Presto Change-O:
Art + Music + Deerhoof = Magic

After over 20 years of musical experimentation, spread across over a dozen albums and the occasional lineup change, fans surely would’ve understood if noise pop fixtures Deerhoof slowed down a bit in 2016. Instead of taking a breather, the band has wowed longtime listeners with two disparate releases: a collaboration with a contemporary classical music ensemble issued in April and surprisingly pop accessible studio album The Magic in June.

The first of these two releases, Balter/Sauntier (New Amsterdam Records), pairs the current Deerhoof lineup (guitarist Ed Rodriguez, drummer Greg Saunier, singer and bassist Satomi Matsuzaki, and guitarist John Dieterich) with Chicago’s Ensemble Dal Niente. On paper, it’s an odd marriage – art punks who based a whole album on a character called the Milk Man in 2004 and an ensemble of classical musicians. On record, it’s a beautiful and compelling listen.

Ensemble Dal Niente builds evocative soundscapes across the album, from the upbeat “Meltdown Upshot: No. 3, Ready” to the soothing vibes of “Meltdown Upshot: No. 5, Home.” In both cases, Matsuzaki’s familiar voice duets with the story being told by the instruments. That’s hardly unusual for a Deerhoof song: her vocal delivery often reiterates the sonic experiment in a question’s theme and mood. As the album continues, it starts to sound more like a perfectly normal collaboration and not like unruly avant-garde weirdos crashing the uber-serious orchestral pit. The latter image is a less adorable yet more awesome version of the old Alvin and the Chipmunks cartoon’s opening sequence, after the brothers accidentally slide off the stage during their grand entrance.

“We were fortunate to meet Dal Niente, who are such a talented group of people with a truly adventurous spirit and a love of music,” Rodriguez says. “We clicked right away. Our music was a perfect match for theirs. We’ve played shows together, and it made perfect sense. There were different elements of our technique and approach that we explored during our collaboration, but although the definitions of the genre of music we played would be different, our spirit is the same. To me Dal Niente is very much like us. People that got together to make a noise that no one else was making.”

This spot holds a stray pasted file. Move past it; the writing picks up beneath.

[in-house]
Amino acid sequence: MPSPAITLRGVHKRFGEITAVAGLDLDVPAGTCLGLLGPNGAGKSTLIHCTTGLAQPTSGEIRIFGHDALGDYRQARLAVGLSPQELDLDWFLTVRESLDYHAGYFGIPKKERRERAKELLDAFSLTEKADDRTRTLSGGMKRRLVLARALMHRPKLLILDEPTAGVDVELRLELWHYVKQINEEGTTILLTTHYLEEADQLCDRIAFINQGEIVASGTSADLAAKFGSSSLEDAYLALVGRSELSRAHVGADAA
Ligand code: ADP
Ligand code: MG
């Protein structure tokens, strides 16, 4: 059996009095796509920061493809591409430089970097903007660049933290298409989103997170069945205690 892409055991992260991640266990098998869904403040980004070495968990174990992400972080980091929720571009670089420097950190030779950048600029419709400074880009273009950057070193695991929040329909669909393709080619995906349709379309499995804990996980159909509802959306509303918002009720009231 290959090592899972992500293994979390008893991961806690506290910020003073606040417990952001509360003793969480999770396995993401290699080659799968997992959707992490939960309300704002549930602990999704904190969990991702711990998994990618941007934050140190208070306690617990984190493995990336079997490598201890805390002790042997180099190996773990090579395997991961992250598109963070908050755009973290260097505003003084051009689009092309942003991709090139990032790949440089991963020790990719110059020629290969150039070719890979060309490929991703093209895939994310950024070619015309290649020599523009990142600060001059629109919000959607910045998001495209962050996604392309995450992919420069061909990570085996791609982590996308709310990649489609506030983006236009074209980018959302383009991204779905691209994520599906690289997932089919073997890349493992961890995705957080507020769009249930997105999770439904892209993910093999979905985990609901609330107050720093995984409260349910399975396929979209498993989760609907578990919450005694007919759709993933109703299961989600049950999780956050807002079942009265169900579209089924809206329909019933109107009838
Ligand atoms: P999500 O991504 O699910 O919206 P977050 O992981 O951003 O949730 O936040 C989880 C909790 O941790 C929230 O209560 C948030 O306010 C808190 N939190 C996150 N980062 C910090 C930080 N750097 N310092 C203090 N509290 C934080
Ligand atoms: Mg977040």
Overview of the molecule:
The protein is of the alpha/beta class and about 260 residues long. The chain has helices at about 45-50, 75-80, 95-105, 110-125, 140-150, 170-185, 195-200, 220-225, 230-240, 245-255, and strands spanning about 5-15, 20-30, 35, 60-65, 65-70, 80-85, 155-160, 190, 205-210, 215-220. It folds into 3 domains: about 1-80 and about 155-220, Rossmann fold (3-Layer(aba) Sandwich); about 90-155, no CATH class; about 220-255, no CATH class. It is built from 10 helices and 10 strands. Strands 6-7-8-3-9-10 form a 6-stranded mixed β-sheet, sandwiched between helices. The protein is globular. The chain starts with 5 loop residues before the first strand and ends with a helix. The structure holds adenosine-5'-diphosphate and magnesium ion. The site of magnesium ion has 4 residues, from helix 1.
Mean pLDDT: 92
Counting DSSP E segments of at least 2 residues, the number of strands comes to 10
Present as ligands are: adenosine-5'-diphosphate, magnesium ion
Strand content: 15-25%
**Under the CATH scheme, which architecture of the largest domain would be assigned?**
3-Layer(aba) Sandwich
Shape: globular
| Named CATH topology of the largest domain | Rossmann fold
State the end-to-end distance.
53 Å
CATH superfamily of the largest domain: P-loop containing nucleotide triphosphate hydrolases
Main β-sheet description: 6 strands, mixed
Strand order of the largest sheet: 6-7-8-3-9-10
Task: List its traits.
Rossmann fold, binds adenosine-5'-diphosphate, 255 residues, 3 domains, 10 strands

The Magic (Polyvinyl Records) is a product of just the band, no string sections attached, recording its 13th studio album out in the New Mexico desert. The band was able to work its magic on its own terms, but not without self-imposed deadlines. “We recorded in an office building that was owned by the dad of our friend Jeremy Barnes (Neutral Milk Hotel, A Hawk and A Hacksaw),” Rodriguez says. “All that was in the room was an old desk that was soon covered with guitar pedals and cables. We did give ourselves a deadline. We always shoot for something with whatever we do. We wanted to have The Magic ready for a summer release, to be out on tour when the sun was bright and that summertime everything-is-possible energy was there.”